Liz had a week in between her old job ending and the new one beginning, so we planned a trip to Cartagena, Colombia, a spot we missed on our trip but have long wanted to check out.
    Unfortunately, when we got to the airport at 4 AM to catch our flight, Spirit Air cancelled it, leaving us stranded. With few options that didn't involve missing our entire trip, we decided to hop a flight later that day to Cancun, Mexico. Not quite Colombia, but close enough for us.
    After touch down, we headed south for Tulum in a hatchback rental car that had seen better days. We explored the Mayan ruins nearby, found a cheap hotel, then set our sights on Majahual, motoring down the coast. The road hugged the Caribbean, showing off periodic glimpses of the turquoise waters that make the area famous.
    Once in Majahual we checked out the town and quickly decided to look for someplace a little more remote down the coast toward Belize. A few miles after the pavement ended, we found Hotel Maya Luna, a property of tiny bungalows, complete with an empty beach, vacant hammocks, and a resident dog named Dinga. Liz's new favorite pet.
    We were all set for a few days of complete nothingness. Or so we thought. 

    After a nap in one of the hammocks and a rum drink accompanied by a passing storm, we took a walk down the white sand. And unfortunately, as with so many of the beaches we've encountered on our travels, plastic littered the views.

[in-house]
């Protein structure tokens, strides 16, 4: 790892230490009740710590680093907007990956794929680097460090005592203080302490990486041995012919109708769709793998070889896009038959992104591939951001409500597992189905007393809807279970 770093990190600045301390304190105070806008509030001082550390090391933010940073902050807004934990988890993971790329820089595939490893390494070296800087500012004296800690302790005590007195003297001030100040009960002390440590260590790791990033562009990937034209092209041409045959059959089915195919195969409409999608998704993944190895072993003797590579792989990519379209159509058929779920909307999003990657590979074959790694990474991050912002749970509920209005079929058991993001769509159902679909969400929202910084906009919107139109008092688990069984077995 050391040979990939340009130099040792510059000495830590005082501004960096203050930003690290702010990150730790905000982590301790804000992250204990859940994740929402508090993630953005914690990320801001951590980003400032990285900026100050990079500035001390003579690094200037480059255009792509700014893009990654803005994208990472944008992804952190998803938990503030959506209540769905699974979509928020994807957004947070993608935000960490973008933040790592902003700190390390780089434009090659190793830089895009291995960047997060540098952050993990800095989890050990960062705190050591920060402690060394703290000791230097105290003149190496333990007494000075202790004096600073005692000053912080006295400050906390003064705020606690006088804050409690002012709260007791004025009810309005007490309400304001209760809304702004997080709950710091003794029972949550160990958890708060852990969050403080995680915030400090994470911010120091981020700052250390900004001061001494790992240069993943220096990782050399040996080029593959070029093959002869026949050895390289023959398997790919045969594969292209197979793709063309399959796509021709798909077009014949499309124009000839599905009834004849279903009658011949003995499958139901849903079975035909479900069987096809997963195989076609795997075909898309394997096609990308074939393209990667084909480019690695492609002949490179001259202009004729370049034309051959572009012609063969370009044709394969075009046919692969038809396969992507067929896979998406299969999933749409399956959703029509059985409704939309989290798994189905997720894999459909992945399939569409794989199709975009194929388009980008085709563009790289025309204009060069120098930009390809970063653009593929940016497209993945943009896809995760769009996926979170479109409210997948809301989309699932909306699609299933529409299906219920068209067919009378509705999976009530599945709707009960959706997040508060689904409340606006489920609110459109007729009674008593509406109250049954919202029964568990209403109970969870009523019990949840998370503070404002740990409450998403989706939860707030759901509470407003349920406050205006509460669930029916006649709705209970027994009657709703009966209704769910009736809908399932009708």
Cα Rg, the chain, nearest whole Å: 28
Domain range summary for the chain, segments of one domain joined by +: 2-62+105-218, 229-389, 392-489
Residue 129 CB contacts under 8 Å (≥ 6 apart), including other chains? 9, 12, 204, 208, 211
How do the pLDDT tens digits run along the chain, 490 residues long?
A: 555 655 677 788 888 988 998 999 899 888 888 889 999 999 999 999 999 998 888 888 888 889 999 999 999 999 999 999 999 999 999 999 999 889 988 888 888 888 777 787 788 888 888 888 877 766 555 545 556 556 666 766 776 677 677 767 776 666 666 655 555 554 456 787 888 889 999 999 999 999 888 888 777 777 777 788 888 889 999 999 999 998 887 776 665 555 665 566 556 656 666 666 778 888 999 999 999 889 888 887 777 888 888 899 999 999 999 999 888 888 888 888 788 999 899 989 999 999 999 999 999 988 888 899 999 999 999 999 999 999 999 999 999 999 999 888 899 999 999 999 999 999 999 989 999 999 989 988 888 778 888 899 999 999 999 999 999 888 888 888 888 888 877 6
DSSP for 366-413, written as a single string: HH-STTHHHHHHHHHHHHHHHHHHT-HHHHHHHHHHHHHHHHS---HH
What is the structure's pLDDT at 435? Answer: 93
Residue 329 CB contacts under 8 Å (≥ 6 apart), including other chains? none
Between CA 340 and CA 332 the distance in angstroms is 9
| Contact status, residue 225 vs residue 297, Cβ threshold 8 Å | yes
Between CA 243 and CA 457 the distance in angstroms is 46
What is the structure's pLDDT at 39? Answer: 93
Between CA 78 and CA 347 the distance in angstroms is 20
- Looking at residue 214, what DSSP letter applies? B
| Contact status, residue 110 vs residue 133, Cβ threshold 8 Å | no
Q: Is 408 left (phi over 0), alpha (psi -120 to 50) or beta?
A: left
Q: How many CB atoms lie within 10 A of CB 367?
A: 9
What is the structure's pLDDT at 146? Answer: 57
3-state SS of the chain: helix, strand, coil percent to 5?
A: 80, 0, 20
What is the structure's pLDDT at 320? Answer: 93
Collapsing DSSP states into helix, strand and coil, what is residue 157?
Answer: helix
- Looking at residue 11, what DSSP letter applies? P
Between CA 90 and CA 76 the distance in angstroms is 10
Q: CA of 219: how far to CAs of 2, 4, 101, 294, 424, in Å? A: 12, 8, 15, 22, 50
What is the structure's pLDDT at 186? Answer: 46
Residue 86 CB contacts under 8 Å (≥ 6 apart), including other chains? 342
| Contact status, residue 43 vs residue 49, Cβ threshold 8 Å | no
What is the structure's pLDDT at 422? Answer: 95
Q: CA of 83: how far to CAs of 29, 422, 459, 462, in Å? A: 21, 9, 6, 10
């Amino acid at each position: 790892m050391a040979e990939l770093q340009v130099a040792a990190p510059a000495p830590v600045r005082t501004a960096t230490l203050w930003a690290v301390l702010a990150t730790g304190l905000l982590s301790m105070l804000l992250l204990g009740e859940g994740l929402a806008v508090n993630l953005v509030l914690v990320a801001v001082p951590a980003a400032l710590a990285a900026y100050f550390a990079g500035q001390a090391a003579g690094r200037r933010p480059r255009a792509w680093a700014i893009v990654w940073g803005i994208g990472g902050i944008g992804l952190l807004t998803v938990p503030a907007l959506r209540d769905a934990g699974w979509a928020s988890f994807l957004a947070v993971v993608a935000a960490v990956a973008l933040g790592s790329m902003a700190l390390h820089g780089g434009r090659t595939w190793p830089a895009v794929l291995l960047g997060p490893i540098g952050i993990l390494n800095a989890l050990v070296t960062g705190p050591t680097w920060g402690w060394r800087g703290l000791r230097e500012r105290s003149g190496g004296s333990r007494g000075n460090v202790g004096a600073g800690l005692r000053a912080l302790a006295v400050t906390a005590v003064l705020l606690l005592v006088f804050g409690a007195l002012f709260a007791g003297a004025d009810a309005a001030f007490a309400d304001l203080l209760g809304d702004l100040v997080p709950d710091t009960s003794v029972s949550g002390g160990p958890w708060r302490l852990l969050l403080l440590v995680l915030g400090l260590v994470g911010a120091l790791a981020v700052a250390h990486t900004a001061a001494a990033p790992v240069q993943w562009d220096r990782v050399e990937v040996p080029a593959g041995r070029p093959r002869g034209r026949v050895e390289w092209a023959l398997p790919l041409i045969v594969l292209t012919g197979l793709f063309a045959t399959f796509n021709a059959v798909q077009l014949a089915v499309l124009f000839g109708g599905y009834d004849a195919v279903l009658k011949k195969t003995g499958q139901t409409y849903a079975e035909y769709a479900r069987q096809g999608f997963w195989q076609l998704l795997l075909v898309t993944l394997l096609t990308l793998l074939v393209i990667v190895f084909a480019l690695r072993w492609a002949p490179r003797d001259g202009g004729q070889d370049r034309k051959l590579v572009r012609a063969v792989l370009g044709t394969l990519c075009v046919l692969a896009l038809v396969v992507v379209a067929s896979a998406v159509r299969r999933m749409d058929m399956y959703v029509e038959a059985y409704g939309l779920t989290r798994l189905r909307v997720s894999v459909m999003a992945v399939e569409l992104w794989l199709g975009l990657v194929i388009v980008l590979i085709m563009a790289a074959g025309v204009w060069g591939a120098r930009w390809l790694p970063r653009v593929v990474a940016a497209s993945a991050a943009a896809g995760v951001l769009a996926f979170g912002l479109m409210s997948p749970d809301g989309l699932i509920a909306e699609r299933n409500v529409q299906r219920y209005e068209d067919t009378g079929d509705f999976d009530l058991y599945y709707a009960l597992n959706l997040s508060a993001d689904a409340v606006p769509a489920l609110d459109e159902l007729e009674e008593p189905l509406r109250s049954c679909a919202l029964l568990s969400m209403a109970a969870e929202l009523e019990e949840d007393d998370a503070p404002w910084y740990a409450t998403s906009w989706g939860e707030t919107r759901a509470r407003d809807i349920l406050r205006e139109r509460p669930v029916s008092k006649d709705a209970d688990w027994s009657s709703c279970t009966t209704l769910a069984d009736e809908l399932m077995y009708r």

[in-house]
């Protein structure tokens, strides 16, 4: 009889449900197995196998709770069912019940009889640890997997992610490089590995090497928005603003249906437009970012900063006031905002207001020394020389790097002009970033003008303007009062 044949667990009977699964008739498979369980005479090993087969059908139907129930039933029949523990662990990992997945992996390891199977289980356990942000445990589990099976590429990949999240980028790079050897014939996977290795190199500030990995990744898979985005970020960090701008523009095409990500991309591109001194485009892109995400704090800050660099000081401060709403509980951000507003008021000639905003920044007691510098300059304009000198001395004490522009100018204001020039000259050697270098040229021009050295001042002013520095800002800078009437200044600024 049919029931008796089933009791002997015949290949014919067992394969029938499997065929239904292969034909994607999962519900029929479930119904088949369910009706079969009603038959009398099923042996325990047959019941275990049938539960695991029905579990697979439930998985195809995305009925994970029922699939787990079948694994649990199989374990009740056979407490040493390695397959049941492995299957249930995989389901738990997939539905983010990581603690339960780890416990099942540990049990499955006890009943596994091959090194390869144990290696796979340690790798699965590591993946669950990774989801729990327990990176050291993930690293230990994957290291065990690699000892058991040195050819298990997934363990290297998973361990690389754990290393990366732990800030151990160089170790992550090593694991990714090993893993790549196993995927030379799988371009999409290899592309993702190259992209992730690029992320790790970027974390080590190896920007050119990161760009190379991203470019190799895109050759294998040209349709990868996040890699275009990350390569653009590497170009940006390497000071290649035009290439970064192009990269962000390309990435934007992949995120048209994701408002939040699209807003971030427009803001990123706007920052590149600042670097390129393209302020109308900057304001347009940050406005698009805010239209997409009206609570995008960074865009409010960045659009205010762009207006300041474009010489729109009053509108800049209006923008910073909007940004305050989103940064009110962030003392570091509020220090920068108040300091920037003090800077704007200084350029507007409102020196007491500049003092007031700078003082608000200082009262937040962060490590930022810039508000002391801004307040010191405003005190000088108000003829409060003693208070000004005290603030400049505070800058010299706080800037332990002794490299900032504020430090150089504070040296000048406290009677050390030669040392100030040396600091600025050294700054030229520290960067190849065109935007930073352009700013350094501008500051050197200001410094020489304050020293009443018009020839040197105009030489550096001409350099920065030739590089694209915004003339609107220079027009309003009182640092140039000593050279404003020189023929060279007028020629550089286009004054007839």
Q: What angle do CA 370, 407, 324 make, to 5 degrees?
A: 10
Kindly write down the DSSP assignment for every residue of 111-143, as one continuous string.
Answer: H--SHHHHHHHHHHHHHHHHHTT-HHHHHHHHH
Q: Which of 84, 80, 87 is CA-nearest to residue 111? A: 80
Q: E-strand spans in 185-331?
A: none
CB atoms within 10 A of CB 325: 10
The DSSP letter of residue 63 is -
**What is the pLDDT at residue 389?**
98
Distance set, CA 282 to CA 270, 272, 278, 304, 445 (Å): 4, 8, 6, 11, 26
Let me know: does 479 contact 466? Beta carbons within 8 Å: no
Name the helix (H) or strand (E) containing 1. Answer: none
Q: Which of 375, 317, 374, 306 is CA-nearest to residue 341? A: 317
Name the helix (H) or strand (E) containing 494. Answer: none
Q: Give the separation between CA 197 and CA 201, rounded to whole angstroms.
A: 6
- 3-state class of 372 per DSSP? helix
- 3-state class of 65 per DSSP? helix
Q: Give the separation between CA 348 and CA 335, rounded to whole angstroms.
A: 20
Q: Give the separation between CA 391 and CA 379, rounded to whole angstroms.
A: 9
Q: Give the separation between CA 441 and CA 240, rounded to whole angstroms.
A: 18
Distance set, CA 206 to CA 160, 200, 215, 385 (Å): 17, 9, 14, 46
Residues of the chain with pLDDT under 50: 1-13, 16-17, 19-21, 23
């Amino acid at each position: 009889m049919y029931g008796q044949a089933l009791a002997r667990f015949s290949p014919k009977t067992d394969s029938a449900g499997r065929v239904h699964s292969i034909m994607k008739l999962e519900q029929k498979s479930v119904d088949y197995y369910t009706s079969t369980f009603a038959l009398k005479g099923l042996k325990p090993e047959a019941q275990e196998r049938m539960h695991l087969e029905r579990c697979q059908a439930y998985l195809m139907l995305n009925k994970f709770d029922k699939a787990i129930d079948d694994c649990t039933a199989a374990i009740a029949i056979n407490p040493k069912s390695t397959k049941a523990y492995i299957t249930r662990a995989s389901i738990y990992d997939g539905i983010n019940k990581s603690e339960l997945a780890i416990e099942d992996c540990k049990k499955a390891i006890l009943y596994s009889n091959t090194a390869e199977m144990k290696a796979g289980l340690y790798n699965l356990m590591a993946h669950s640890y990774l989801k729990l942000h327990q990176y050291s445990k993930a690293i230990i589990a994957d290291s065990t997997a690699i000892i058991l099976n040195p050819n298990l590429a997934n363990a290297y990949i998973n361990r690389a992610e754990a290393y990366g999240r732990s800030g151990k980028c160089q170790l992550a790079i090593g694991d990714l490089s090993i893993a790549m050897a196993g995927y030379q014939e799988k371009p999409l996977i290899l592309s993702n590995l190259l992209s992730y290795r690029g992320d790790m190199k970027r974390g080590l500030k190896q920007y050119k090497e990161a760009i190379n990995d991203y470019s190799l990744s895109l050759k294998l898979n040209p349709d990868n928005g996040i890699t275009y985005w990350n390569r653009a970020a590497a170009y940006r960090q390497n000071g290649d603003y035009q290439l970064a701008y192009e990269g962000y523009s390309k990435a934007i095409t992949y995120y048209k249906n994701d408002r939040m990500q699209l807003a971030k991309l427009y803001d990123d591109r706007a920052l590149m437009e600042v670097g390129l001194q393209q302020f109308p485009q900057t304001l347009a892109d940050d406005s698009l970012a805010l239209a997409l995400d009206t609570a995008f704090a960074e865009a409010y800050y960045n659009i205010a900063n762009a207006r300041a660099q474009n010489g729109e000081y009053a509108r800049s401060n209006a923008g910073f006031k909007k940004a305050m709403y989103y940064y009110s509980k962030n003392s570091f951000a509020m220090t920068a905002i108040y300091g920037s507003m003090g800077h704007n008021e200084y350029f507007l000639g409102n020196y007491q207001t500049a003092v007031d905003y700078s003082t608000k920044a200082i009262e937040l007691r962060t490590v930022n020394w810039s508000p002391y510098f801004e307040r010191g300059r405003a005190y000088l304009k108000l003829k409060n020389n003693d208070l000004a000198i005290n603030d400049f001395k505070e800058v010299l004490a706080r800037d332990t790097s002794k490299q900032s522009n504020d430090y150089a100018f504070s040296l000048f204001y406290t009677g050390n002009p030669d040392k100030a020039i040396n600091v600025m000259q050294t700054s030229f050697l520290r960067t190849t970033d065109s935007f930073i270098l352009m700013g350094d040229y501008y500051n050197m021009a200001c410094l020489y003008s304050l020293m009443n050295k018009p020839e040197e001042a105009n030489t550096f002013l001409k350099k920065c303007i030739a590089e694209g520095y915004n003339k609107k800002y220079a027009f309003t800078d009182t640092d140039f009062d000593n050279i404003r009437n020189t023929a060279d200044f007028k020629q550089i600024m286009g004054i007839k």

The next morning at sunrise, we set out, with Liz's new canine friend in tow, to get in our weekly 1 of 7. The next day we did the same.
    That remote beach was yet one more reason we decided to join with the Surfrider Foundation in its "Rise Above Plastics" campaign and encourage people to use less plastic. The world's beaches are covered with bottles, packaging and all sorts of other floating debris -- and it's all made of plastic. But you don't have to visit a remote beach in Mexico to join the effort. Check out these 10 ways to use less plastic every day. And do what you can to use less plastic. The world's beaches and its beachgoers will be glad you did. 

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